Theranostics, as the name suggests, is a device/system that acts in aiding diagnosis as well as therapy. Theranostics are the current trend in cancer research for a few years now. Researchers are trying more and more to develop materials with both diagnostic and therapeutic properties.
In the quest for one such theranostic material, researchers from the University of Cincinnati have discovered a new nanostructure that has outstanding properties for detecting and destroying cancer cells.
Discovered in 2013, the new SERS “nanotag”, as it is called works on the principle of surface-enhanced Raman spectroscopy (SERS) for detection of single molecules. SERS works on the principle of amplification of scattered light signals from single molecules. Usually some metals such as gold or silver are used for the amplification of the signals.
However, the process is highly sensitive and fraught with challenges, including difficulties with reproducibility, signal stability and a lack of quantitative information.
For designing the nanotag the team improved upon previous research that showed some promise towards SERS applications.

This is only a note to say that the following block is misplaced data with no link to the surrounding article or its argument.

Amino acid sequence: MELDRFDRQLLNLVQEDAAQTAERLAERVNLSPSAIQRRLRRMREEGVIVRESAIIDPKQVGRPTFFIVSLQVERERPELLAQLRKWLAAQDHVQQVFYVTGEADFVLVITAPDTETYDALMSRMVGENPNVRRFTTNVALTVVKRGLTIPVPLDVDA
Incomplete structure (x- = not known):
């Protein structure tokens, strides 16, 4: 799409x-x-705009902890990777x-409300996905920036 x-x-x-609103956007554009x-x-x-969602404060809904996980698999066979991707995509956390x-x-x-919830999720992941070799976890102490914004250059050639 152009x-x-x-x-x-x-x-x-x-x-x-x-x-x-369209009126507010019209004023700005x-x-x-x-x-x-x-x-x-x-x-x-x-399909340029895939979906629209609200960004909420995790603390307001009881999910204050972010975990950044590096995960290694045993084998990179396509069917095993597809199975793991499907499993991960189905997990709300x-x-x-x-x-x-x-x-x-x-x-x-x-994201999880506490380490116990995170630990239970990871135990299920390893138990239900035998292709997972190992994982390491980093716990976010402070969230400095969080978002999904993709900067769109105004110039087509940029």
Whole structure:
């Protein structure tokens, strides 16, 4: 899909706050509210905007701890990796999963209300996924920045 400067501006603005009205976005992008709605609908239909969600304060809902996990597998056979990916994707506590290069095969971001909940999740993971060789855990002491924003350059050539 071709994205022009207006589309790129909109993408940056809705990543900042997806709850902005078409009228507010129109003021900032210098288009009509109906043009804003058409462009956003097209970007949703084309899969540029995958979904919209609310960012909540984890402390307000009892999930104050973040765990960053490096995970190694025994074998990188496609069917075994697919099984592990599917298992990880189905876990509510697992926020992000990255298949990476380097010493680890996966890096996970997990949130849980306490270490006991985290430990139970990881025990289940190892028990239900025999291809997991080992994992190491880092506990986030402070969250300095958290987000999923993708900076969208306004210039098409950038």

It was found that greater enhancement was observed from molecules residing within a one-nanometer gap between a structure with a smooth metallic core and shell. But this one nanometer gap is often difficult and expensive to produce, resulting in a lack of widespread use. Other popular research used gold nanostars, a star-fruit shaped gold nanoparticle structure that allowed greater enhancement of signals.
Inspired by these two reports, the team created a structure comprised of a smooth inner metallic core surrounded by a spiky metallic outer shell with a three nanometer spacing.
“The newly created nanotag produced 10 times greater signal enhancement compared to smooth-shell core structures, making it possible to detect minute amounts of organic molecules, such as DNA, for particular diseases”, said Laura Sagle, an assistant professor of chemistry who led the team.
What’s more, this nanotag was also capable of generating heat upon incident radiation that can be used to kill cancer cells. Its high surface area also can be used to carry drugs to achieve higher destruction of cancer.
“This allows you to target, image and release drugs all with one device,” Sagle explained.
While the discovery itself was extremely novel, the researchers were t a loss in understanding what generated the promising data or how to best optimize it.
The came Zohre Gorumnez, a fourth year PhD student who is credited with conducting nearly three years of complex and detailed calculations to better understand the new nanotag.
“It was calculations that no one on campus had done before,” With Zohre’s calculations, it was a much better paper showing we made something new, it showed better properties and we understand to some degree why,” explained Sagle.
The discovery of the nanotag accompanied with data obtained from calculation sure hold promise future biomedical applications.